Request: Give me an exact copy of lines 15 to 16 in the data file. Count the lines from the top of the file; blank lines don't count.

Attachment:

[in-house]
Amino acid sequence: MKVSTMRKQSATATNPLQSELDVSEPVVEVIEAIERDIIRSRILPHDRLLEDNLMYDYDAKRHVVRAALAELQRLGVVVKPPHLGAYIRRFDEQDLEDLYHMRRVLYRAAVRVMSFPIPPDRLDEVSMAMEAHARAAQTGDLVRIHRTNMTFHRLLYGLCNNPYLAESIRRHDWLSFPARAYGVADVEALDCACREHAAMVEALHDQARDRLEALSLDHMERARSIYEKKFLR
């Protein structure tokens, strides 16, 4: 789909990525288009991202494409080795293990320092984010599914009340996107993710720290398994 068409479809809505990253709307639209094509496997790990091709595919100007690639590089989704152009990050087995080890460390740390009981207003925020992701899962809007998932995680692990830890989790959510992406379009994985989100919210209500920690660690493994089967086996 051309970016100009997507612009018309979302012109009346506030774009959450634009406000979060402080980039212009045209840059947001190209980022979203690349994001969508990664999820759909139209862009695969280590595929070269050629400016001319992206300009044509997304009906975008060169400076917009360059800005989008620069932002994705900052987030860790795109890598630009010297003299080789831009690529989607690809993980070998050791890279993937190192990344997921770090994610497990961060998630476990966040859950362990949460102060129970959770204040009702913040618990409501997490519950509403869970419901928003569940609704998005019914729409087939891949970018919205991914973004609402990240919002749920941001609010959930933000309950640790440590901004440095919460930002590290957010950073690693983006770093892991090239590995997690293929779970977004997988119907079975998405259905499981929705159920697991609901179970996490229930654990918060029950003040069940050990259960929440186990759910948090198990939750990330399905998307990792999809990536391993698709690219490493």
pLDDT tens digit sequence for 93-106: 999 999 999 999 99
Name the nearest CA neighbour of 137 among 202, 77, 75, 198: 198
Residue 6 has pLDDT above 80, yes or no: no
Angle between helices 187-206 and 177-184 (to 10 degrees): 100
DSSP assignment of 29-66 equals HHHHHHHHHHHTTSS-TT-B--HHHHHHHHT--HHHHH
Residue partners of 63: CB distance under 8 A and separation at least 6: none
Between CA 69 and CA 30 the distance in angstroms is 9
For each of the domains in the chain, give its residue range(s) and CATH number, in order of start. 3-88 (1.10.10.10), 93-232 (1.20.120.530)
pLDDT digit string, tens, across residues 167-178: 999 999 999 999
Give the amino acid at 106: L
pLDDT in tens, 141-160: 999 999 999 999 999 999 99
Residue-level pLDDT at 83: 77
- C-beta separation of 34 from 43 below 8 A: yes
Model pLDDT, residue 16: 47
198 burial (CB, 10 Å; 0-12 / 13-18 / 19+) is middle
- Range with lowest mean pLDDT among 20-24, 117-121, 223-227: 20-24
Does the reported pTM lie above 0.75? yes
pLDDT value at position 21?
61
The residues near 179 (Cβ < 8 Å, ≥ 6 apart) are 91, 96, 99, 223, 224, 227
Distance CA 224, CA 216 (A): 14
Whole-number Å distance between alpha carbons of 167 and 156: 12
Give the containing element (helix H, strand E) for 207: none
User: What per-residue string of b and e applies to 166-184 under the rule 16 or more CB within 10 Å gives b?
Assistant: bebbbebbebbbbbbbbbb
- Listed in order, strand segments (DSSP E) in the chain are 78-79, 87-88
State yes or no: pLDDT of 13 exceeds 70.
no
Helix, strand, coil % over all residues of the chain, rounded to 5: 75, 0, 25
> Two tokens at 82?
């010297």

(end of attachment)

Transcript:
Residue-level pLDDT at 83: 77
- C-beta separation of 34 from 43 below 8 A: yes